Precipitation Estimation Methods in Continuous, Distributed Urban Hydrologic Modeling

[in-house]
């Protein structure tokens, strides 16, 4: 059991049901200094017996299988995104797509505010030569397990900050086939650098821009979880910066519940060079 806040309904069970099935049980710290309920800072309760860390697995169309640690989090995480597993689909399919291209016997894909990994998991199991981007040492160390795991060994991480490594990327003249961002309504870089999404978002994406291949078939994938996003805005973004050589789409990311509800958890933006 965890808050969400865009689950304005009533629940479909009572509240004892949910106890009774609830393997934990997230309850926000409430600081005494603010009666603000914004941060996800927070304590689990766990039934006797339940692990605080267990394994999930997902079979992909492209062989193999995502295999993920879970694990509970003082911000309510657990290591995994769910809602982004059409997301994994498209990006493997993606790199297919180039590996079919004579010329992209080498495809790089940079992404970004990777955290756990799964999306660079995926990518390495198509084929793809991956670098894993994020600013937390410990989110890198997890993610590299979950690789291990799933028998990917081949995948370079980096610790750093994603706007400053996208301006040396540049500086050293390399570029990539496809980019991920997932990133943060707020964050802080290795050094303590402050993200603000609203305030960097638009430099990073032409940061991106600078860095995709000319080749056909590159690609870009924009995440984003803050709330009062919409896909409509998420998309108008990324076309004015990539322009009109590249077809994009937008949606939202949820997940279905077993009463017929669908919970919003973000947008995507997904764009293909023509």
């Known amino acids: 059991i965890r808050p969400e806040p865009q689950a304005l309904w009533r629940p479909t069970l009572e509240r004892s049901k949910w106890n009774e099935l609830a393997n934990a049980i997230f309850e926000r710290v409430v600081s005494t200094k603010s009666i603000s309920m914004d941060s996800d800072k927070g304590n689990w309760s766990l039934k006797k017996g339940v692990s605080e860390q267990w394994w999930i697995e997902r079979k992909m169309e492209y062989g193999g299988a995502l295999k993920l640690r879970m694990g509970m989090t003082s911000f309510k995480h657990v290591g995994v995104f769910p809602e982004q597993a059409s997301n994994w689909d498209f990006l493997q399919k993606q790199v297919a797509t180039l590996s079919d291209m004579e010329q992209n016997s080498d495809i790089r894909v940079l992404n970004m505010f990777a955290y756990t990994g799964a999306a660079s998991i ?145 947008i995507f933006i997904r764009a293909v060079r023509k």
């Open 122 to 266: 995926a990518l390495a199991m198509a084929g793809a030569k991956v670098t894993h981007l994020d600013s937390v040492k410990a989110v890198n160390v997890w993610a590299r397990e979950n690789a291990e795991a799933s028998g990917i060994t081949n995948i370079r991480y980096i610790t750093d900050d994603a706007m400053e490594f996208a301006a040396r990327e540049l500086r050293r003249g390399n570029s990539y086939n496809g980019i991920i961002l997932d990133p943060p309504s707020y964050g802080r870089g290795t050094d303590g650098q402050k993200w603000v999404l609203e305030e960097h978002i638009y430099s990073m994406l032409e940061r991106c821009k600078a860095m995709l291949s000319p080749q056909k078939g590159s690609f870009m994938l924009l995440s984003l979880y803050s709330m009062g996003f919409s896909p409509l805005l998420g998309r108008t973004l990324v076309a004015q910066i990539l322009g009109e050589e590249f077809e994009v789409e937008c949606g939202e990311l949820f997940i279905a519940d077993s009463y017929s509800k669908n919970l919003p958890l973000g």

Quantitative precipitation estimation (QPE) remains a key area of uncertainty in hydrological modeling and prediction, particularly in small, urban watersheds, which respond rapidly to precipitation and can experience significant spatial variability in rainfall fields. Few studies have compared QPE methods in small, urban watersheds, and studies that have examined this topic only compared model results on an event basis using a small number of storms. This study sought to compare the efficacy of multiple QPE methods when simulating discharge in a small, urban watershed on a continuous basis using an operational hydrologic model and QPE forcings. The research distributed hydrologic model (RDHM) was used to model a basin in Roanoke, Virginia, USA, forced with QPEs from four methods: mean field bias (MFB) correction of radar data, kriging of rain gauge data, uncorrected radar data, and a basin-uniform estimate from a single gauge inside the watershed. Based on comparisons between simulated and observed discharge at the basin outlet for a six-month period in 2018, simulations forced with the uncorrected radar QPE had the highest accuracy, as measured by root mean squared error (RMSE) and peak flow relative error, despite systematic underprediction of the mean areal precipitation (MAP). Simulations forced with MFB-corrected radar data consistently and significantly overpredicted discharge, but had the highest accuracy in predicting the timing of peak flows.